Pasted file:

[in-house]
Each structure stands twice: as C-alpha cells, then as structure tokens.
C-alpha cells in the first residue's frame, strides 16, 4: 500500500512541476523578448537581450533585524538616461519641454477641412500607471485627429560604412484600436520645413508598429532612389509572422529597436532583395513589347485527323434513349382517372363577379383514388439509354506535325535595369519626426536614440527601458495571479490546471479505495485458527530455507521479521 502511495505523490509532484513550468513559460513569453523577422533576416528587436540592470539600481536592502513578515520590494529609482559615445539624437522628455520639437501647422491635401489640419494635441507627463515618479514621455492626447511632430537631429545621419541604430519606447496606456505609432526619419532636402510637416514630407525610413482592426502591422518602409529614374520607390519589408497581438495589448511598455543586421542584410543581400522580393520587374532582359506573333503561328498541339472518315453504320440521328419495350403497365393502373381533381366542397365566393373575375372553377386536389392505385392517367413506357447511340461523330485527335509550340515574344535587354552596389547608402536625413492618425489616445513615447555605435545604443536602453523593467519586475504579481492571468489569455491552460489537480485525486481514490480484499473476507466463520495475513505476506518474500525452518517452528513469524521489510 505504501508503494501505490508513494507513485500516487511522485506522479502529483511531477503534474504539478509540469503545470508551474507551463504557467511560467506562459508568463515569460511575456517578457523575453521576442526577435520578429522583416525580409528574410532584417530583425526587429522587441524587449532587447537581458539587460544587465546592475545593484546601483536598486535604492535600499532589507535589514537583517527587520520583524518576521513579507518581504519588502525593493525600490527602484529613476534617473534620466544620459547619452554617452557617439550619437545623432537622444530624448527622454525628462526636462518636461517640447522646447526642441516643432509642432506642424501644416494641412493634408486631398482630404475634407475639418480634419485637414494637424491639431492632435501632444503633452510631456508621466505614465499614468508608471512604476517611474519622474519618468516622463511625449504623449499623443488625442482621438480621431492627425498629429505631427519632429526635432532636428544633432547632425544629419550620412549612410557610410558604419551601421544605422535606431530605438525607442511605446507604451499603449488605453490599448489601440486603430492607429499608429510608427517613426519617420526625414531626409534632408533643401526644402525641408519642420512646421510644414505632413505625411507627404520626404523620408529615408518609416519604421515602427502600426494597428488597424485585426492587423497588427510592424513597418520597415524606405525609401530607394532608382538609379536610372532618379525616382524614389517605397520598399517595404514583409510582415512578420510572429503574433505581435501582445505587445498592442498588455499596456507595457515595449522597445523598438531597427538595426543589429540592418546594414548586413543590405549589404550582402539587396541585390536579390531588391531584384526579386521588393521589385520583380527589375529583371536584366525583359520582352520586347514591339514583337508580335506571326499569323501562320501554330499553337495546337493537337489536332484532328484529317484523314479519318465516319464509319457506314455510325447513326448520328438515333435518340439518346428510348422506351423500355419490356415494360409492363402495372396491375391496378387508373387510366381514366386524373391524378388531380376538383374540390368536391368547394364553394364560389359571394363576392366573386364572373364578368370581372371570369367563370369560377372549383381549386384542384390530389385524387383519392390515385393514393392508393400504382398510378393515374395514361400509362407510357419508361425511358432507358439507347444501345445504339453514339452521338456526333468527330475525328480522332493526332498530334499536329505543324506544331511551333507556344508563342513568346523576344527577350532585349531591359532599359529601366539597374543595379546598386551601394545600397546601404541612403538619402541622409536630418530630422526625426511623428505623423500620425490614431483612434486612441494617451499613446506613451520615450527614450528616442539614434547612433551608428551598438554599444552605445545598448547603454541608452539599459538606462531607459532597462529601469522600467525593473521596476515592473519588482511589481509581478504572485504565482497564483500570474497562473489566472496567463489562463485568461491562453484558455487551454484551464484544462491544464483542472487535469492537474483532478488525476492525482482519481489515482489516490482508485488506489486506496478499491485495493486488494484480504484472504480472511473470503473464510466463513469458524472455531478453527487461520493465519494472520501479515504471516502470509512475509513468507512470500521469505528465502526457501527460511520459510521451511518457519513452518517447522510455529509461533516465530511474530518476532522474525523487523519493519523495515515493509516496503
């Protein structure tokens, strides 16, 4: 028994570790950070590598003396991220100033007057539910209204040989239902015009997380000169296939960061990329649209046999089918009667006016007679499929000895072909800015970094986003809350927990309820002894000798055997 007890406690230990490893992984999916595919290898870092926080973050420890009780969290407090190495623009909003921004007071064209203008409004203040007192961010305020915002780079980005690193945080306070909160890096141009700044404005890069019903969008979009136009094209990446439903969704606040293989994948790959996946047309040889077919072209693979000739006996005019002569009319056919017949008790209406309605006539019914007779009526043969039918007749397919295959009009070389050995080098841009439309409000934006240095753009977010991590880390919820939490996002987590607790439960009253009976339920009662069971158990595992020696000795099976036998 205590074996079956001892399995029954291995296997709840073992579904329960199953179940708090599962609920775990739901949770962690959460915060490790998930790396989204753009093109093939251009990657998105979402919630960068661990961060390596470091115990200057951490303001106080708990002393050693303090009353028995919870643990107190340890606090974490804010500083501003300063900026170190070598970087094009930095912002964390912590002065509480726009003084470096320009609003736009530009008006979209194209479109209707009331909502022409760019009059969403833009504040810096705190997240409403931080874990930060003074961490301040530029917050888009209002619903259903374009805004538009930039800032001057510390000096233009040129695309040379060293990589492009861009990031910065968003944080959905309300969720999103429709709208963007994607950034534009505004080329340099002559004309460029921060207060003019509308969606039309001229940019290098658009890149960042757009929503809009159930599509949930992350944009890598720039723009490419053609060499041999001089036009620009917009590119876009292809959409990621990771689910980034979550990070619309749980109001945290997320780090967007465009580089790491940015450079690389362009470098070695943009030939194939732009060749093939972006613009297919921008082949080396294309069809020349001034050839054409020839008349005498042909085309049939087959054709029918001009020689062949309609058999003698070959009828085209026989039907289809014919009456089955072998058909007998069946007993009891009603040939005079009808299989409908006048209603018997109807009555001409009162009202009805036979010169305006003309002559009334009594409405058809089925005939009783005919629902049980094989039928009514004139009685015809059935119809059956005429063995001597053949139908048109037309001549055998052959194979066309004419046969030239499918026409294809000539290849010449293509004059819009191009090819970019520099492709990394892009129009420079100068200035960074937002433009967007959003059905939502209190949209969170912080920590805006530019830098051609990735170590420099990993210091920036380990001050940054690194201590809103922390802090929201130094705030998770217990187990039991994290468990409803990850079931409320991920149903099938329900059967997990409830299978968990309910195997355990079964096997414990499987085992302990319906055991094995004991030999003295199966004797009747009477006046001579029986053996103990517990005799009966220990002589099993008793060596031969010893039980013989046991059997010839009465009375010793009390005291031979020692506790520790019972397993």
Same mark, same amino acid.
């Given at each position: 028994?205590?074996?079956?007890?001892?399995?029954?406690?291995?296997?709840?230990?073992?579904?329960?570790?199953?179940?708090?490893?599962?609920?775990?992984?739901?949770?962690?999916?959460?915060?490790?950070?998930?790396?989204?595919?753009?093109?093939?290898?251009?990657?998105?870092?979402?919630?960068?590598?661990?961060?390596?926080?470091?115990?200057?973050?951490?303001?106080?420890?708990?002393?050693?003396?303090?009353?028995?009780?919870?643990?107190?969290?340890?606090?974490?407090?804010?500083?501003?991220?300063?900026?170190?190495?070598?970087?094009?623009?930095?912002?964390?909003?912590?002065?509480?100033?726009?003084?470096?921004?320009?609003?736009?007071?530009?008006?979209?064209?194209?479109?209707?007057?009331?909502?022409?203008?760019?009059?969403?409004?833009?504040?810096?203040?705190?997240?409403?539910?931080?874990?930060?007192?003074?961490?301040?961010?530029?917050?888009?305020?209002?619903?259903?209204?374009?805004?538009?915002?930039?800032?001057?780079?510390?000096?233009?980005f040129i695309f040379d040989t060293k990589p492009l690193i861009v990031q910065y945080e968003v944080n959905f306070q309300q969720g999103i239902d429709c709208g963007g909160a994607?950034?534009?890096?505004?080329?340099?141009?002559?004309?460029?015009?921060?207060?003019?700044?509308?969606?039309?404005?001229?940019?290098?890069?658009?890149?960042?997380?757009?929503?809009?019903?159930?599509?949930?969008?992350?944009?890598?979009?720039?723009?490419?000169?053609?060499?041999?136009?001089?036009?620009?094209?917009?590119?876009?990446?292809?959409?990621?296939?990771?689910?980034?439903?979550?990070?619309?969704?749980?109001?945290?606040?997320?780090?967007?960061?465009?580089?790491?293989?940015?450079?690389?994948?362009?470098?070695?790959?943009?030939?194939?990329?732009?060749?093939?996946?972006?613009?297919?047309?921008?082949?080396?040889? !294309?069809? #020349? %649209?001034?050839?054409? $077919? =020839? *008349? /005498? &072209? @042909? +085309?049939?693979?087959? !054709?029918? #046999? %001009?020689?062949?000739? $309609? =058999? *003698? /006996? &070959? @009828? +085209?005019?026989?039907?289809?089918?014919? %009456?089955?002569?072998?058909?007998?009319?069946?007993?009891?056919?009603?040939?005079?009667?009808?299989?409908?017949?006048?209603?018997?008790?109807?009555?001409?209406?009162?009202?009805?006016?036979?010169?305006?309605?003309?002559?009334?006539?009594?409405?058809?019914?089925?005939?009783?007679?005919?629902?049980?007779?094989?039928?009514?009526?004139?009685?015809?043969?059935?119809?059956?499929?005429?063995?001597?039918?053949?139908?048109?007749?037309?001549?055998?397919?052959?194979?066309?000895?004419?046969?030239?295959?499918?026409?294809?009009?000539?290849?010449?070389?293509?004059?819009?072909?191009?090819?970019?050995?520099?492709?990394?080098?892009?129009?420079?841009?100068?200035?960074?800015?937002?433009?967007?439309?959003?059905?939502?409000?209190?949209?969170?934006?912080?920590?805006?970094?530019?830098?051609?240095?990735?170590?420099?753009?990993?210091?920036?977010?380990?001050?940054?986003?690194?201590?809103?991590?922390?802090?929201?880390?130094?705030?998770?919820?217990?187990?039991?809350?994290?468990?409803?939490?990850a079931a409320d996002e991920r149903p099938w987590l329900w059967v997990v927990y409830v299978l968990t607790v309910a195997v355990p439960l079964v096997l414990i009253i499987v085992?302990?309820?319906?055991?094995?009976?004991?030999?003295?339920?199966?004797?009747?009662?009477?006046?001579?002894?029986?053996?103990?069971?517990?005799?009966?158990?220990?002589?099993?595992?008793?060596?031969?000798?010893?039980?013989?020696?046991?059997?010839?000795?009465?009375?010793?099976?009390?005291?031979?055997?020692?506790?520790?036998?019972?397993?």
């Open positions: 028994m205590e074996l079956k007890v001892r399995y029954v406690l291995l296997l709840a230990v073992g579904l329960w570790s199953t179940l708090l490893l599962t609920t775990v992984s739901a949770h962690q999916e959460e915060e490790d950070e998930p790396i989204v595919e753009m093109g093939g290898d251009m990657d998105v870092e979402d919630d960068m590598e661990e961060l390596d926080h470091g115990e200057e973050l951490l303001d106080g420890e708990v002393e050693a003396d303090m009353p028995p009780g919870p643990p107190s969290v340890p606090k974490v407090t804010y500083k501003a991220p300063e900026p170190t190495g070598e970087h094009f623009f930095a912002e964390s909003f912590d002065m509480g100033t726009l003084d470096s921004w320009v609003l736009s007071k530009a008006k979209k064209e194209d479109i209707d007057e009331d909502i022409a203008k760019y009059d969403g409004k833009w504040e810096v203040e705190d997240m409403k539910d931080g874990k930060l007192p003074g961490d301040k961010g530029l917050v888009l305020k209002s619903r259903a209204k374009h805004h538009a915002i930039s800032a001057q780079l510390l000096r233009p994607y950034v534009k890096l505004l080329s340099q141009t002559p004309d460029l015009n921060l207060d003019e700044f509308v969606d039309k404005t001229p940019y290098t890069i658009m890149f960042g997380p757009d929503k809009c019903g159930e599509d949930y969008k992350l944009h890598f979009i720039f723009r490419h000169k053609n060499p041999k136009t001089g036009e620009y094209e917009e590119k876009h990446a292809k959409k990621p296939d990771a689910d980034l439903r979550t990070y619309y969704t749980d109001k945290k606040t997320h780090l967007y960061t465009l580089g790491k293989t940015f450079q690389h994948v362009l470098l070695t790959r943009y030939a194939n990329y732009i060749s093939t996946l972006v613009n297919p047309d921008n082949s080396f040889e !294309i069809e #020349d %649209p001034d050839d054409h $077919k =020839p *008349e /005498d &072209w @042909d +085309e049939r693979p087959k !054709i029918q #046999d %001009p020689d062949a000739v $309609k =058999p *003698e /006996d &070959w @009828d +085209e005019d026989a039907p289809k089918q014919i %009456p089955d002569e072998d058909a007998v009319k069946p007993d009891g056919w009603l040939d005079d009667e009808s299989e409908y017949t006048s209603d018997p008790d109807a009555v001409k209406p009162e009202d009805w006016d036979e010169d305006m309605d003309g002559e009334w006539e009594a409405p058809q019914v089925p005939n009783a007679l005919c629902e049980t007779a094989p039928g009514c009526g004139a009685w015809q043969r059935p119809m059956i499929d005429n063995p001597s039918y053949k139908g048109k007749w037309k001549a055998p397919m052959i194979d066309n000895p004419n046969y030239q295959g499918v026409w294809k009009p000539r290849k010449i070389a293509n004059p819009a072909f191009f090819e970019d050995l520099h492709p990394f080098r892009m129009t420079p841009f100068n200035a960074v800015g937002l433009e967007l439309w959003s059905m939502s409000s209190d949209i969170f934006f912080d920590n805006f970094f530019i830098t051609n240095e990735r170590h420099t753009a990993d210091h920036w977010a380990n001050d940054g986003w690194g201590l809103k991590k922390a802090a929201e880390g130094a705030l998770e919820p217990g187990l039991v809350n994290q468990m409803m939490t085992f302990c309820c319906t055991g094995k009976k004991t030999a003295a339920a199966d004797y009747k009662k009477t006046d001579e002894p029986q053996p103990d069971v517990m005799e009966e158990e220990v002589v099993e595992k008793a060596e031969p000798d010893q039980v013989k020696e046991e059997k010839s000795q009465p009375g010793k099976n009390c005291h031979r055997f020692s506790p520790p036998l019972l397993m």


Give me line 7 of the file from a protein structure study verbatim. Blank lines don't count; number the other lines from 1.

């Open positions: 028994m205590e074996l079956k007890v001892r399995y029954v406690l291995l296997l709840a230990v073992g579904l329960w570790s199953t179940l708090l490893l599962t609920t775990v992984s739901a949770h962690q999916e959460e915060e490790d950070e998930p790396i989204v595919e753009m093109g093939g290898d251009m990657d998105v870092e979402d919630d960068m590598e661990e961060l390596d926080h470091g115990e200057e973050l951490l303001d106080g420890e708990v002393e050693a003396d303090m009353p028995p009780g919870p643990p107190s969290v340890p606090k974490v407090t804010y500083k501003a991220p300063e900026p170190t190495g070598e970087h094009f623009f930095a912002e964390s909003f912590d002065m509480g100033t726009l003084d470096s921004w320009v609003l736009s007071k530009a008006k979209k064209e194209d479109i209707d007057e009331d909502i022409a203008k760019y009059d969403g409004k833009w504040e810096v203040e705190d997240m409403k539910d931080g874990k930060l007192p003074g961490d301040k961010g530029l917050v888009l305020k209002s619903r259903a209204k374009h805004h538009a915002i930039s800032a001057q780079l510390l000096r233009p994607y950034v534009k890096l505004l080329s340099q141009t002559p004309d460029l015009n921060l207060d003019e700044f509308v969606d039309k404005t001229p940019y290098t890069i658009m890149f960042g997380p757009d929503k809009c019903g159930e599509d949930y969008k992350l944009h890598f979009i720039f723009r490419h000169k053609n060499p041999k136009t001089g036009e620009y094209e917009e590119k876009h990446a292809k959409k990621p296939d990771a689910d980034l439903r979550t990070y619309y969704t749980d109001k945290k606040t997320h780090l967007y960061t465009l580089g790491k293989t940015f450079q690389h994948v362009l470098l070695t790959r943009y030939a194939n990329y732009i060749s093939t996946l972006v613009n297919p047309d921008n082949s080396f040889e !294309i069809e #020349d %649209p001034d050839d054409h $077919k =020839p *008349e /005498d &072209w @042909d +085309e049939r693979p087959k !054709i029918q #046999d %001009p020689d062949a000739v $309609k =058999p *003698e /006996d &070959w @009828d +085209e005019d026989a039907p289809k089918q014919i %009456p089955d002569e072998d058909a007998v009319k069946p007993d009891g056919w009603l040939d005079d009667e009808s299989e409908y017949t006048s209603d018997p008790d109807a009555v001409k209406p009162e009202d009805w006016d036979e010169d305006m309605d003309g002559e009334w006539e009594a409405p058809q019914v089925p005939n009783a007679l005919c629902e049980t007779a094989p039928g009514c009526g004139a009685w015809q043969r059935p119809m059956i499929d005429n063995p001597s039918y053949k139908g048109k007749w037309k001549a055998p397919m052959i194979d066309n000895p004419n046969y030239q295959g499918v026409w294809k009009p000539r290849k010449i070389a293509n004059p819009a072909f191009f090819e970019d050995l520099h492709p990394f080098r892009m129009t420079p841009f100068n200035a960074v800015g937002l433009e967007l439309w959003s059905m939502s409000s209190d949209i969170f934006f912080d920590n805006f970094f530019i830098t051609n240095e990735r170590h420099t753009a990993d210091h920036w977010a380990n001050d940054g986003w690194g201590l809103k991590k922390a802090a929201e880390g130094a705030l998770e919820p217990g187990l039991v809350n994290q468990m409803m939490t085992f302990c309820c319906t055991g094995k009976k004991t030999a003295a339920a199966d004797y009747k009662k009477t006046d001579e002894p029986q053996p103990d069971v517990m005799e009966e158990e220990v002589v099993e595992k008793a060596e031969p000798d010893q039980v013989k020696e046991e059997k010839s000795q009465p009375g010793k099976n009390c005291h031979r055997f020692s506790p520790p036998l019972l397993m």